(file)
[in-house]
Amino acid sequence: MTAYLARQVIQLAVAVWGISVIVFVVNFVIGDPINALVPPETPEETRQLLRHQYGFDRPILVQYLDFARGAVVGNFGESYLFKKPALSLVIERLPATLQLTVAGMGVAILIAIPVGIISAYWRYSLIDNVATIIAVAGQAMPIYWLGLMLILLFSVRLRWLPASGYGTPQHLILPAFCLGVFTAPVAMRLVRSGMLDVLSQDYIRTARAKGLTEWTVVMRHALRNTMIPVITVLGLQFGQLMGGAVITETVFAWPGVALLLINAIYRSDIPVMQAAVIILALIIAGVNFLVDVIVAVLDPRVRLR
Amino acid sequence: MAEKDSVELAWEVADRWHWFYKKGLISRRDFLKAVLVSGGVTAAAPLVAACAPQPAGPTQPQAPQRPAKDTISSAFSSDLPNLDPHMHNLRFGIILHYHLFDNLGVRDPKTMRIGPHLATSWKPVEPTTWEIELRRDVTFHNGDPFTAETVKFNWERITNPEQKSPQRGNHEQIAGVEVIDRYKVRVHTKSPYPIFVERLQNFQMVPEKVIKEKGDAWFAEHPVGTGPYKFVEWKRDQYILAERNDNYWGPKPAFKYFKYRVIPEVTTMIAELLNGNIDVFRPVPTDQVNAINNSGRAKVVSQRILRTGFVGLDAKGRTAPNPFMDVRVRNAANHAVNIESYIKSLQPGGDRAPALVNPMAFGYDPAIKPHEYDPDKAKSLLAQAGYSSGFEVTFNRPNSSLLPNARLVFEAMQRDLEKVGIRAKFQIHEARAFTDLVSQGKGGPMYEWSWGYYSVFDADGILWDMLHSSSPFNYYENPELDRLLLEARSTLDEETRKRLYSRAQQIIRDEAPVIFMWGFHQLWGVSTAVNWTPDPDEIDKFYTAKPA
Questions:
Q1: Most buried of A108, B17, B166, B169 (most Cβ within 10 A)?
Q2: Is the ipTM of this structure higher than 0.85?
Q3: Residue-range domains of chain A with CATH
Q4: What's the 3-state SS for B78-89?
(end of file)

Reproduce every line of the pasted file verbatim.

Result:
[in-house]
Amino acid sequence: MTAYLARQVIQLAVAVWGISVIVFVVNFVIGDPINALVPPETPEETRQLLRHQYGFDRPILVQYLDFARGAVVGNFGESYLFKKPALSLVIERLPATLQLTVAGMGVAILIAIPVGIISAYWRYSLIDNVATIIAVAGQAMPIYWLGLMLILLFSVRLRWLPASGYGTPQHLILPAFCLGVFTAPVAMRLVRSGMLDVLSQDYIRTARAKGLTEWTVVMRHALRNTMIPVITVLGLQFGQLMGGAVITETVFAWPGVALLLINAIYRSDIPVMQAAVIILALIIAGVNFLVDVIVAVLDPRVRLR
Amino acid sequence: MAEKDSVELAWEVADRWHWFYKKGLISRRDFLKAVLVSGGVTAAAPLVAACAPQPAGPTQPQAPQRPAKDTISSAFSSDLPNLDPHMHNLRFGIILHYHLFDNLGVRDPKTMRIGPHLATSWKPVEPTTWEIELRRDVTFHNGDPFTAETVKFNWERITNPEQKSPQRGNHEQIAGVEVIDRYKVRVHTKSPYPIFVERLQNFQMVPEKVIKEKGDAWFAEHPVGTGPYKFVEWKRDQYILAERNDNYWGPKPAFKYFKYRVIPEVTTMIAELLNGNIDVFRPVPTDQVNAINNSGRAKVVSQRILRTGFVGLDAKGRTAPNPFMDVRVRNAANHAVNIESYIKSLQPGGDRAPALVNPMAFGYDPAIKPHEYDPDKAKSLLAQAGYSSGFEVTFNRPNSSLLPNARLVFEAMQRDLEKVGIRAKFQIHEARAFTDLVSQGKGGPMYEWSWGYYSVFDADGILWDMLHSSSPFNYYENPELDRLLLEARSTLDEETRKRLYSRAQQIIRDEAPVIFMWGFHQLWGVSTAVNWTPDPDEIDKFYTAKPA
Questions:
Q1: Most buried of A108, B17, B166, B169 (most Cβ within 10 A)?
Q2: Is the ipTM of this structure higher than 0.85?
Q3: Residue-range domains of chain A with CATH
Q4: What's the 3-state SS for B78-89?